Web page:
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Sunday 24 March 2019
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PM: TT too focused on the negatives

BUSINESS OPENING: Prime Minister Dr Keith Rowley looks at a window yesterday made by Domus Windows and Doors Ltd. PHOTO BY LINCOLN HOLDER
BUSINESS OPENING: Prime Minister Dr Keith Rowley looks at a window yesterday made by Domus Windows and Doors Ltd. PHOTO BY LINCOLN HOLDER

While admitting that TT has a crime problem, the Prime Minister has said the country has several positives which make it an attractive destination for investment, including the availability of utilities and an educated work force.

Speaking at the opening of Domus Windows and Doors Ltd, Factory Road, Chaguanas yesterday, Dr Rowley once again addressed concern about a devaluation of the TT dollar, saying this is not the way to build a country.

He said the population seemed very good at focusing on the negatives plaguing the country instead of the positives, saying nationals often decry the country as the “worst place to do business.”

“We are a people who are very good at focusing on the negative. Yes, we do have a crime problem, but many of our world competitors have crime problems too.

“But what you have said to us today that is warming our hearts is, you have chosen TT as the best place to make your investment.”

He said Domus, which has invested over $55 million in its new factory and showroom, had chosen TT as “certain basic services” were unavailable at its previous location.

He also responded to a statement by Arthur Lok Jack, who had earlier said government should not be involved in business, and cited the sale of gasoline products and flour. Lok Jack said government should invite the private sector to invest in TT, saying the sector is “sitting on a lot of cash but opportunities are not around.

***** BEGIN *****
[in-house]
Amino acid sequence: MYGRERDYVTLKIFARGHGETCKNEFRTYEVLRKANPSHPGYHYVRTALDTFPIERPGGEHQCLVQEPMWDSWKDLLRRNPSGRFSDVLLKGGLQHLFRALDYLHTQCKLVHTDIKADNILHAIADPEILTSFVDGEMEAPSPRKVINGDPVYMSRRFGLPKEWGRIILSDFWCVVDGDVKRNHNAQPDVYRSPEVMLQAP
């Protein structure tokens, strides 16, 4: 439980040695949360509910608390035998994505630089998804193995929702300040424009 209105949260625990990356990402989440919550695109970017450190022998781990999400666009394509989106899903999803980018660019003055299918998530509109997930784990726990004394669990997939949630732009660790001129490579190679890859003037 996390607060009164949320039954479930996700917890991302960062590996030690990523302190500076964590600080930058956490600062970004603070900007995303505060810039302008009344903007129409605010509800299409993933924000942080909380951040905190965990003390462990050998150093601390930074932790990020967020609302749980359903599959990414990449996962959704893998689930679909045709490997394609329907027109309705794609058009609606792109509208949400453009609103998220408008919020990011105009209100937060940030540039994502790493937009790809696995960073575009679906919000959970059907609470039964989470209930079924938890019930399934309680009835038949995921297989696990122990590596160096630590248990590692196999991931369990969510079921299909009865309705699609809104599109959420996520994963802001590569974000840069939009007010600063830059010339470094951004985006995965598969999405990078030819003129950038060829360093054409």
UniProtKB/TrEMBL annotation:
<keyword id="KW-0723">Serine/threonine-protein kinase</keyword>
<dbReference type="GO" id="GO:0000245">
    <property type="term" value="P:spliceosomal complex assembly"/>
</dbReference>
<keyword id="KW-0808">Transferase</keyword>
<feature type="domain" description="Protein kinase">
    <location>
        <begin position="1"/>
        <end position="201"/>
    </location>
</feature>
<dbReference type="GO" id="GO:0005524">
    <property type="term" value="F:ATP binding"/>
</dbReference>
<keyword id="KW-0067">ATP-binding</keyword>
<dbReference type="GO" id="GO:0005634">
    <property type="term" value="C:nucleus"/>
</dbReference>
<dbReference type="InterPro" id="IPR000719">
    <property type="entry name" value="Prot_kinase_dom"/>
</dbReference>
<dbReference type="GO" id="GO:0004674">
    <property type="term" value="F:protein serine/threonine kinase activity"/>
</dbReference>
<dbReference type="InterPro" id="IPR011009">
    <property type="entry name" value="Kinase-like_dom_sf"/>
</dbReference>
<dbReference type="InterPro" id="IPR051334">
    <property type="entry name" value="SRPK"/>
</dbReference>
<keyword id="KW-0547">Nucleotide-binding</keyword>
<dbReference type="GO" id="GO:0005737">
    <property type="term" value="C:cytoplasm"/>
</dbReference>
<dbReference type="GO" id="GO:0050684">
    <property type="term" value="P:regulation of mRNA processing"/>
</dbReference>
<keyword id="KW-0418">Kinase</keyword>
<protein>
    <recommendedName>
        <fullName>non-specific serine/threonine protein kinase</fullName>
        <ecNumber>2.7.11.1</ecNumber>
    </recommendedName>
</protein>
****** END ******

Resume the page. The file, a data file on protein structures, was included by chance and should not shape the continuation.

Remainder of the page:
“Opportunities to utilise the private-sector expertise and money can come forward if the government decides at some stage of the game to privatise some of the state-owned corporations they have, and I say this: I don’t know why government is involved in flour. I don’t know why they do corn oil, why they like to sell me gas in a gas station. But by and large I know how that came about in the past.

“But all I am trying to say is that today that has to be changed around. We need to broaden the spectrum and we need the private sector to be much more involved at this level.”

However, Rowley said government still has a role to play in developing the economy, as the private sector has not evolved sufficiently to carry its share of the financial burden.

“If you evolve to a state where the private sector is now strong enough to carry some of the weight that the taxpayers are carrying inefficiently, then the private sector should be encouraged, but this is not to say that privatisation is a policy that says government has no place in business. The government has a place in business, and much of the business in TT is driven by government involvement.”

He also applauded Domus’s business model, saying it had chosen TT as a home base where it would produce “world-class products for the world.”

He said these types of business which operate at both the local and international levels were examples to emulate, rather than those who were clamouring for a devaluation of the dollar as a method for rebuilding the economy.

“Those who have gone abroad and are successful are good examples to those who think that the success of this country is a devaluation. They have stashed away US dollars and they harass the government to devalue the currency. That is not the way to build a country.”

Lok Jack said TT possessed a vibrant yet undervalued industrial sector and a world-class infrastructural network.

He said the goal of Domus goal, of which is a shareholder, is to become a net forex earner, as the company has targeted the entire Latin American market.

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